Lake for bathing and recreation
Kleiner Russweiher

Problem: Sludge formation, silting

Project highlights

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SchlixX Plus worked to full effect, including in dystrophic marsh water
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28,000 m3 of organic sludge degraded, sediment reduced by an average of 22 cm
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Organic sludge converted into sand with minimal organic content (< 1%) 

The starting point

When an old favourite cleans up well

The Kleiner Russweiher, located southeast of Bayreuth in Upper Franconia, is a lake of considerable size, measuring 26 ha in total. Part of a beautiful landscape, it forms the end of a chain of ponds and invites you to wander along its natural banks, swim, fish or even go boating. As well as appealing to the local population as a relaxing spot to visit, the lake also attracts large numbers of tourists every year, who are served by three camp sites and two hotels right on the lake shore. The absolute highlight of the Kleiner Russweiher is located on the southern bank: Here, visitors can enjoy the natural outdoor swimming pool, which is the largest lake-front mud bath spa in Bavaria.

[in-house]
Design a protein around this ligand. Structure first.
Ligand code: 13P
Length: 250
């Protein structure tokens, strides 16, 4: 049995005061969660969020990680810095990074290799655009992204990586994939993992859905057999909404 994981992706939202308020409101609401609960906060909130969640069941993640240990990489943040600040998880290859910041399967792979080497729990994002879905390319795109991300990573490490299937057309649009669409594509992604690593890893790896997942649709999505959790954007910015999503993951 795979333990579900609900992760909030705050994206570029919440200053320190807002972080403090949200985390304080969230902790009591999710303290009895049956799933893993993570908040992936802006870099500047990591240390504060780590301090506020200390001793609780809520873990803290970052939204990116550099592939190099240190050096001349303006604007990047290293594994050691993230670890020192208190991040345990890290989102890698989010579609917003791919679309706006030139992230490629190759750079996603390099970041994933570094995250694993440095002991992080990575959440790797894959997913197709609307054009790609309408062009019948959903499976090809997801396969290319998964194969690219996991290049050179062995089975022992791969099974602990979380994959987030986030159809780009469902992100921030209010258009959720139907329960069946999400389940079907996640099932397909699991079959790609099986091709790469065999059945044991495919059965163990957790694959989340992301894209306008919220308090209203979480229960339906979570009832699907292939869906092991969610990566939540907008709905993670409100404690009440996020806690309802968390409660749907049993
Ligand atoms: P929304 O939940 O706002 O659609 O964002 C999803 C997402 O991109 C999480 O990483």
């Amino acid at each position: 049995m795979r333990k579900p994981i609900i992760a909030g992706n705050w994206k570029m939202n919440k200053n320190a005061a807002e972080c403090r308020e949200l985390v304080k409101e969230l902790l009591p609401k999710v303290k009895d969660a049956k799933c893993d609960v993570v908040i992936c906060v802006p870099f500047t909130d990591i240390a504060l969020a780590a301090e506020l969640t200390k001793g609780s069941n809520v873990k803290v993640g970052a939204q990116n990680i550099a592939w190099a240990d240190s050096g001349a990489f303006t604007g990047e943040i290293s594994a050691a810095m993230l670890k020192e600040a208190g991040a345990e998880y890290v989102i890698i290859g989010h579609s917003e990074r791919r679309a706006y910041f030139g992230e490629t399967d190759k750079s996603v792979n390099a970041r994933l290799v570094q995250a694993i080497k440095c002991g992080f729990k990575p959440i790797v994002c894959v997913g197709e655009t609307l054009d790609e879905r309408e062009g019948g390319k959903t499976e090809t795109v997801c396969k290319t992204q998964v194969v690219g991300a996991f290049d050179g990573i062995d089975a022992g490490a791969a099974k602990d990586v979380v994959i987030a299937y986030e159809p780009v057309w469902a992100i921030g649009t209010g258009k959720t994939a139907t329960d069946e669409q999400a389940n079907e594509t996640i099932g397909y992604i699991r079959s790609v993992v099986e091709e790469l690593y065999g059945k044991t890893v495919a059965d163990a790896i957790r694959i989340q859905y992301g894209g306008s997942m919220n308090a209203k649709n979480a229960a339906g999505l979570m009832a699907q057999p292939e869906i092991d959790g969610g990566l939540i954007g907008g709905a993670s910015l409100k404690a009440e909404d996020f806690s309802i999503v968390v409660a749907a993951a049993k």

A problem that you encounter nose first

Over the years, the perfect idyll of the Kleiner Russweiher had lost its shine: Visitors to the pool had to wade further and further through foul-smelling sludge before they could swim. The increase in silt was also making fishing difficult. And a swimmer who crossed the lake every day reported shallow spots where he was even able to sit down.